Like everyone, we're impressed by elite athletes but we're really inspired by everyday athletes who push themselves to do things they never thought they'd be able to do. Anyone who gets off the couch and onto their bike, into the pool or pulls on their trainers for a run impresses us.

    What do you like about Sundried and what’s your favourite bit of our kit?

    Sundried embodies everything we believe in: fitness for all, great kit, ethically sourced, treating workers fairly. What's not to love? Our favourite bit of kit is the Sundried women's performance trisuit. It looks and feels fantastic. We feel like superwoman when we wear them.

    Posted by Alexandra Parren
  • Cecilia Frisari Athlete Ambassador

    OCR World Championships obstacle course racing

    Cecilia was born in Italy but when she moved to the UK she found a love for obstacle course racing. She tells Sundried about training and racing in this sport.

    Have you always been into sport?

    As far as I remember yes! I have been competing in sports since I was 6. I did swimming for almost 10 years, 3 year of athletics where my mum was actually my coach (she was in the Italian national team for high jump) and I also did 6 years of volleyball, which I loved.

    What made you decide to enter the world of OCR?

    When I moved to the UK from Italy I stopped practising sports as it was difficult to find a volleyball team or find something that could motivate me to compete. I never liked going to the gym as I found the use of the machines a bit boring. In October 2017, I decided to try to do an obstacle course race with my boyfriend, and even if we did not train for it (in particular for the obstacles) we really enjoyed the race and I realised that I could do most of the obstacles. The variety of challenges in a single event and the mixture of training styles required made me sign up for further races. One race led to another and within 6 months I had qualified for and competed at the OCR World Championship.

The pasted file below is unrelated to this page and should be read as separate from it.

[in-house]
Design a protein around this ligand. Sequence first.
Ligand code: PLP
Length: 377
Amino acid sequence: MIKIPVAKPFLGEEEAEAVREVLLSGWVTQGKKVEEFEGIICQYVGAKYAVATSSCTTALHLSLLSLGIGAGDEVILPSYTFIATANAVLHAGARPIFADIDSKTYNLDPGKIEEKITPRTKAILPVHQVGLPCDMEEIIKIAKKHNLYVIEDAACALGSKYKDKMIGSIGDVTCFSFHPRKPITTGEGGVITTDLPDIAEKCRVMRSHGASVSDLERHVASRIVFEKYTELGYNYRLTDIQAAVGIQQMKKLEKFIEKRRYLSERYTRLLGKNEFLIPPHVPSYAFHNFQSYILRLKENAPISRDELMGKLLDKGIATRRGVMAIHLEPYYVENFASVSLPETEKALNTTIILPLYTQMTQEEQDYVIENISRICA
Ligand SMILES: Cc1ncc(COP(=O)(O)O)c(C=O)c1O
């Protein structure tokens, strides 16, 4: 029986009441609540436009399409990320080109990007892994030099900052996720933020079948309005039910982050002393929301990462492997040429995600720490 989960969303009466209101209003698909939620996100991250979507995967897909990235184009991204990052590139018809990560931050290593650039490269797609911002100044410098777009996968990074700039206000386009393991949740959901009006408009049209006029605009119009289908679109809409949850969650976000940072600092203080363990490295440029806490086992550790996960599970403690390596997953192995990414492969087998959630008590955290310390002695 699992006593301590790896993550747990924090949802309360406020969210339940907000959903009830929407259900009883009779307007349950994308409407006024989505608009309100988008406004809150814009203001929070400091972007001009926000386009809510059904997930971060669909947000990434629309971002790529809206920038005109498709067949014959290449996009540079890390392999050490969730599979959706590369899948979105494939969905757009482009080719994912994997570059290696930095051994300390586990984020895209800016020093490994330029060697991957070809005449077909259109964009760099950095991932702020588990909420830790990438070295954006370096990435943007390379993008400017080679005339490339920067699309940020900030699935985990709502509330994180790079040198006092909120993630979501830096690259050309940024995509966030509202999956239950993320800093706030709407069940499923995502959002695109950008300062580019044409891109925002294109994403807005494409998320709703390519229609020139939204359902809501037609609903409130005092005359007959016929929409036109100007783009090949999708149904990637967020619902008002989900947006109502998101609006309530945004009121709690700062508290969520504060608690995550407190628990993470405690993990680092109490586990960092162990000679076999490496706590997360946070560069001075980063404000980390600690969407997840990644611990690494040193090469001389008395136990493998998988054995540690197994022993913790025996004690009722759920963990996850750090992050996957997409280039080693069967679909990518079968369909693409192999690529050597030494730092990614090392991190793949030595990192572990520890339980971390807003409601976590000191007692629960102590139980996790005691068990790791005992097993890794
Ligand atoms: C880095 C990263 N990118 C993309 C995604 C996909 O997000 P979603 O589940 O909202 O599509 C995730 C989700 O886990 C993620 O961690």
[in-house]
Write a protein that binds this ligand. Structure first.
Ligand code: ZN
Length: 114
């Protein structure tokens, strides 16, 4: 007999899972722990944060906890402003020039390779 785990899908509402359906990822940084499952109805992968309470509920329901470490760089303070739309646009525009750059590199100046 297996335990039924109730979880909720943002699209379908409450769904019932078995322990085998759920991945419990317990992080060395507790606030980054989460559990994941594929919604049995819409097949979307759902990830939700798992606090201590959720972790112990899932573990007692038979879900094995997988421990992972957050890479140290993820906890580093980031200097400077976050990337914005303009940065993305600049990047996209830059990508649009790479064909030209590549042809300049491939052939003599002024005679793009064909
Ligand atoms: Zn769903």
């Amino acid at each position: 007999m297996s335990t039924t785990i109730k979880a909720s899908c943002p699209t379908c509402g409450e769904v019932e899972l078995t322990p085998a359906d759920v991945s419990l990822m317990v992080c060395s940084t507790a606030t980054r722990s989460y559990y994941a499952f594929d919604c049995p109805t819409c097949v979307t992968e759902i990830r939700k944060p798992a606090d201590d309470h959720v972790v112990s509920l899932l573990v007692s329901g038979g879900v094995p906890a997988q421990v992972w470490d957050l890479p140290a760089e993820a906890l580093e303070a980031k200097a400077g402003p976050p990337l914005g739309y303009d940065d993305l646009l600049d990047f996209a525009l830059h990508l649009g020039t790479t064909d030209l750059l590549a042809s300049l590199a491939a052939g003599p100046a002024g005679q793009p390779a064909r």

What’s been your favourite race to date and why?

    My favourite race was in June 2018, a sprint over 5 miles with 20 obstacles. I was a bit scared as the race is well know in the UK to be really tough due to the many steep hills during the course. They call it the Death Valley. I didn't have any expectations for this race as I didn't really train for hill runs but I pushed myself hard, in particular in the sections of the race where the running part was flat and I finished first in my age group.

    The result allowed me to qualify for the second time that year for the World Championship but also the European Championship the following year in June.

    And your proudest achievement?

    My proudest achievement was when I qualified for the World Championship after only 3 months of competing in OCRs.

    Have you ever had any racing disasters/your toughest race yet?

    Yes, unfortunately that happened last October, 2 weeks before the World Championship. The day of the race it was raining a lot and I had to run 25km plus all the obstacles.

    It was really cold, my fingers couldn't bend leading to limited grip and I couldn't hold onto any obstacles. On top of that my IT band troubles from earlier in the season hit me again.

    How do you overcome setbacks?

    I think that setbacks can happen at any time: during a race, at work, or in your life. When that happens I always try to focus on how to finish the task at hand in a positive way.

    What advice do you wish you'd been given before you started competing?

    No matter how you feel during the race, do your best but do not push yourself over the limit – it is better to compete slower than not compete at all. Remember that for every race you learn more about your mind and body and will improve for the next one.

    What are your goals for 2019?

    Qualify for the World Championship again and improve my running.

    Who do you take your inspiration from?

    I do not have one specific person that inspires me. I get inspiration from different people in the sports world; one of them is Jon Albon for his racing quality but also his modest yet strong personality.

    What do you like about Sundried?

    I love the fact that nowadays we can use so many different sustainable materials as fabrics and I love the fact that companies like Sundried utilise these materials for making environmental sports wear without compromising on quality and comfort. My Masters thesis was about sustainability in the fashion industry and I cannot agree more about Sundried’s philosophy!

    Posted by Alexandra Parren